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I don't think if you relearn the material you'll get bored because I don't think you would be relearning the material. To relearn something means you've already learned it once, and now you are learning it again. But you said yourself your courses never focused on proving theorems. It's a very different experience to study pure mathematics than to study mathematics as you've already done. In the former, you take a much deeper look at the topics and theorems that you used to solve the problems earlier, and this time you'd be learning the methods of proof that are used to prove the theorems. For homework and exams, you'd most likely be expected to prove given statements on your own.

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There are countries where people are puzzled if you tell them there is a distinction between "calculus" and "analysis." They think "calculus" is just an old-fashioned name for analysis. The reason these subjects are viewed as different in North America is because a typical "calculus" class is where one learns the mechanical aspects and basic applications of calculus, whereas "analysis" is where you learn everything that comes after that, including relearning the theoretical parts of calculus, but without an excessive focus on the familiar practical aspects.

So to get to my point, most textbooks published in the U.S. or Canada with a title like "mathematical analysis" are made precisely for people like you. For example, you could use Apostol's Mathematical Analysis. Mathematical Analysis I, II by Zorich, translated from Russian, is also very good, and can be used in conjunction with the problem book by Makarov and Goluzina, which has mostly non-routine problems with hints and answers. I think you would find either of these books preferable to Spivak's Calculus, which was originally intended for people learning the material for the first time (though it's not always used that way). One caveat about Apostol's book is that the chapter on Riemann-Stieltjes integration can be a bit difficult for those who haven't studied the plain Riemann integral rigorously elsewhere.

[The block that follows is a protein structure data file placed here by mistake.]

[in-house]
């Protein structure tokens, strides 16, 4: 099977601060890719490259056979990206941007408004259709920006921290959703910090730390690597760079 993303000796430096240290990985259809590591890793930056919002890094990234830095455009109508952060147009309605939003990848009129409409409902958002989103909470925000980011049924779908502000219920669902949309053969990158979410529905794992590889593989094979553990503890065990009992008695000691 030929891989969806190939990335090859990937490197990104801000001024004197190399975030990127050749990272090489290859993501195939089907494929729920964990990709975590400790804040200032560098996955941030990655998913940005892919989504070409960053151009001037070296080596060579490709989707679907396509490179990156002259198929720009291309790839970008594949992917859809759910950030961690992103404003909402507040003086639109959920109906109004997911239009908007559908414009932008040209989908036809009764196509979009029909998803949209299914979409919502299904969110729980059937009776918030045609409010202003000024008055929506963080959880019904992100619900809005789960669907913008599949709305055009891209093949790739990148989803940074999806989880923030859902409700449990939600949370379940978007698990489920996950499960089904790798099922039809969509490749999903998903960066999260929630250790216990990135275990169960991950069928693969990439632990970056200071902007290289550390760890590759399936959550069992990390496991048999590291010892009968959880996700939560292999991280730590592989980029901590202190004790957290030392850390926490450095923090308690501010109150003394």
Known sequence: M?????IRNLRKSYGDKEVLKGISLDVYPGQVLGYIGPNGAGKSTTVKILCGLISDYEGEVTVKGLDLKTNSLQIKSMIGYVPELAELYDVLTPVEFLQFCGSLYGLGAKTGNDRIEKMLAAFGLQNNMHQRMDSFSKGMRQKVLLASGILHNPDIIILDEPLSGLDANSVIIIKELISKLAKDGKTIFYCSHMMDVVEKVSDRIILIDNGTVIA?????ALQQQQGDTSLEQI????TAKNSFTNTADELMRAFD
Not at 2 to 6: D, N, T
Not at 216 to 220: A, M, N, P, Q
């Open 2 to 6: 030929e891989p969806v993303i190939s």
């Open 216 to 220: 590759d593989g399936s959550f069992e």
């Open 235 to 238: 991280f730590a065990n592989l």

In many North American universities, there is a second course in linear algebra that revisits the subject from a more theoretical perspective. And of course, there are textbooks to match this approach, usually beginning with vector spaces (e.g., Lang or Friedberg/Insel/Spence). However, in your case an attractive alternative might be to study abstract algebra and linear algebra concurrently (vector spaces being a special case of groups, and groups being widely applied in linear algebra in other ways). An excellent book that takes this combined approach is Algebra by Artin. Godement's Algebra is also outstanding, though a good deal drier.

I would consider basic mathematical analysis and algebra at the level of those books to be the foundation of an undergraduate education in mathematics. After that, there are many directions you can go in. I think you'll find that books in differential equations, complex analysis, etc., that are aimed at people who have already reached that level of sophistication are sufficiently different from what you've done before that you won't feel frustrated by them. You can get an idea of what topics are most important by looking at the undergraduate curricula of good universities.

There are also books on analysis and algebra at a lower level of difficulty and covering much less material. Elementary Analysis by Ross and Abstract Algebra by Herstein come to mind. (The latter doesn't discuss linear algebra.)

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Real Analysis->Elementary Number Theory->Group Theory. The rest is your own interests.

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    $\begingroup$ I think this answer would be more useful if it described, even in brief, why these subjects should be considered more "core" than others. (I don't necessarily disagree, but it seems a bit too terse.) $\endgroup$ – Brian Tung Feb 16 '16 at 18:39
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Your goal is slant to applied math.

Try “Real Variables with ..metric space and topology” by Robert Ash. The book will also teach you proof writing. Prof Ash is an electrical engineer who later became a Math prof. The book has answers to all problems that helps you to gain confidence quickly. Prof Ash also has books on Modern Algebra and Complex Analysis.

All are good.

Rudin or Artin you can read easily and work through.